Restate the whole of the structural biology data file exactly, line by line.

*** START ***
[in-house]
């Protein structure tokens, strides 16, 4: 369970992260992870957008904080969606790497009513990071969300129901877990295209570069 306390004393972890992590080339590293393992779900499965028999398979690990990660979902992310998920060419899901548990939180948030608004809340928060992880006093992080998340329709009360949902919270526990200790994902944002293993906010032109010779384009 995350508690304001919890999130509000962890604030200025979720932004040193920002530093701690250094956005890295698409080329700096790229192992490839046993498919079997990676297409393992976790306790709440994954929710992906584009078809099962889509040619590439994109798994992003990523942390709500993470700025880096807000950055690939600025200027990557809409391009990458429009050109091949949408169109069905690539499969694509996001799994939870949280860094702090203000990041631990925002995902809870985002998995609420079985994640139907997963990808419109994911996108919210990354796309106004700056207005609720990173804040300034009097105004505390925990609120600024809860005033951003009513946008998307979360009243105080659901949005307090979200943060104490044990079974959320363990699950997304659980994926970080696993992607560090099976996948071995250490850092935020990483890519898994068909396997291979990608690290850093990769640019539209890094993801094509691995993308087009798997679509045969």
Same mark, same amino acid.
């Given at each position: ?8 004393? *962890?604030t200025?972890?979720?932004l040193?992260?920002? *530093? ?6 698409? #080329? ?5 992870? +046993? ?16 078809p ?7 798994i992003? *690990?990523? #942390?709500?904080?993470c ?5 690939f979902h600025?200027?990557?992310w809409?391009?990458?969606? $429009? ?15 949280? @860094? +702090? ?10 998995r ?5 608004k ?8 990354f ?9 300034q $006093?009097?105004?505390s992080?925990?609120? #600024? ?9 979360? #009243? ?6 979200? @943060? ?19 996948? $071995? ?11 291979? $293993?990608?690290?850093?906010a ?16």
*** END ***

[in-house]
């Protein structure tokens, strides 16, 4: 369970992260992870957008904080969606790497009513990071969300129901877990295209570069 306390004393972890992590080339590293393992779900499965028999398979690990990660979902992310998920060419899901548990939180948030608004809340928060992880006093992080998340329709009360949902919270526990200790994902944002293993906010032109010779384009 995350508690304001919890999130509000962890604030200025979720932004040193920002530093701690250094956005890295698409080329700096790229192992490839046993498919079997990676297409393992976790306790709440994954929710992906584009078809099962889509040619590439994109798994992003990523942390709500993470700025880096807000950055690939600025200027990557809409391009990458429009050109091949949408169109069905690539499969694509996001799994939870949280860094702090203000990041631990925002995902809870985002998995609420079985994640139907997963990808419109994911996108919210990354796309106004700056207005609720990173804040300034009097105004505390925990609120600024809860005033951003009513946008998307979360009243105080659901949005307090979200943060104490044990079974959320363990699950997304659980994926970080696993992607560090099976996948071995250490850092935020990483890519898994068909396997291979990608690290850093990769640019539209890094993801094509691995993308087009798997679509045969």
Same mark, same amino acid.
């Given at each position: ?8 004393? *962890?604030t200025?972890?979720?932004l040193?992260?920002? *530093? ?6 698409? #080329? ?5 992870? +046993? ?16 078809p ?7 798994i992003? *690990?990523? #942390?709500?904080?993470c ?5 690939f979902h600025?200027?990557?992310w809409?391009?990458?969606? $429009? ?15 949280? @860094? +702090? ?10 998995r ?5 608004k ?8 990354f ?9 300034q $006093?009097?105004?505390s992080?925990?609120? #600024? ?9 979360? #009243? ?6 979200? @943060? ?19 996948? $071995? ?11 291979? $293993?990608?690290?850093?906010a ?16």